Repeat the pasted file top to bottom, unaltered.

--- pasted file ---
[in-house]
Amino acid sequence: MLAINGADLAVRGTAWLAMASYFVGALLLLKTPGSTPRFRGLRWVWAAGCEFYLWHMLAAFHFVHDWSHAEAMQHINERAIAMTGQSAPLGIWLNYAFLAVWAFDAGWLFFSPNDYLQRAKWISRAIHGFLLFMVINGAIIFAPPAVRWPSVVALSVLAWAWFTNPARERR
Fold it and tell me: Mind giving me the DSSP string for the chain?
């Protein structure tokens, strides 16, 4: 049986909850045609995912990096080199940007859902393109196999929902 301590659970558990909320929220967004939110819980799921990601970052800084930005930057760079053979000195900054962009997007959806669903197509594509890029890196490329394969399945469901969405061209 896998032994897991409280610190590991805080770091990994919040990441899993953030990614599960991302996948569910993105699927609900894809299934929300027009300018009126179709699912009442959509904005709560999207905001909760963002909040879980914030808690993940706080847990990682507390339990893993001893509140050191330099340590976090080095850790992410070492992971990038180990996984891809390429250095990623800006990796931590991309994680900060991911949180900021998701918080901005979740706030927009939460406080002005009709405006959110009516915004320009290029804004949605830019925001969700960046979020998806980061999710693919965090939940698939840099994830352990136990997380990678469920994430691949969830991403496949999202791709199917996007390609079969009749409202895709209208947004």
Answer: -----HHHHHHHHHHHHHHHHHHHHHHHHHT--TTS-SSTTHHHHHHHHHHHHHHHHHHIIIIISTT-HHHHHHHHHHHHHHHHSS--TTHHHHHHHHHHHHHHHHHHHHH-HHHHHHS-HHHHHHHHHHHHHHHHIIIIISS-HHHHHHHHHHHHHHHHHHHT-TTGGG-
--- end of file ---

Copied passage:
[in-house]
Amino acid sequence: MLAINGADLAVRGTAWLAMASYFVGALLLLKTPGSTPRFRGLRWVWAAGCEFYLWHMLAAFHFVHDWSHAEAMQHINERAIAMTGQSAPLGIWLNYAFLAVWAFDAGWLFFSPNDYLQRAKWISRAIHGFLLFMVINGAIIFAPPAVRWPSVVALSVLAWAWFTNPARERR
Fold it and tell me: Mind giving me the DSSP string for the chain?
């Protein structure tokens, strides 16, 4: 049986909850045609995912990096080199940007859902393109196999929902 301590659970558990909320929220967004939110819980799921990601970052800084930005930057760079053979000195900054962009997007959806669903197509594509890029890196490329394969399945469901969405061209 896998032994897991409280610190590991805080770091990994919040990441899993953030990614599960991302996948569910993105699927609900894809299934929300027009300018009126179709699912009442959509904005709560999207905001909760963002909040879980914030808690993940706080847990990682507390339990893993001893509140050191330099340590976090080095850790992410070492992971990038180990996984891809390429250095990623800006990796931590991309994680900060991911949180900021998701918080901005979740706030927009939460406080002005009709405006959110009516915004320009290029804004949605830019925001969700960046979020998806980061999710693919965090939940698939840099994830352990136990997380990678469920994430691949969830991403496949999202791709199917996007390609079969009749409202895709209208947004």
Answer: -----HHHHHHHHHHHHHHHHHHHHHHHHHT--TTS-SSTTHHHHHHHHHHHHHHHHHHIIIIISTT-HHHHHHHHHHHHHHHHSS--TTHHHHHHHHHHHHHHHHHHHHH-HHHHHHS-HHHHHHHHHHHHHHHHIIIIISS-HHHHHHHHHHHHHHHHHHHT-TTGGG-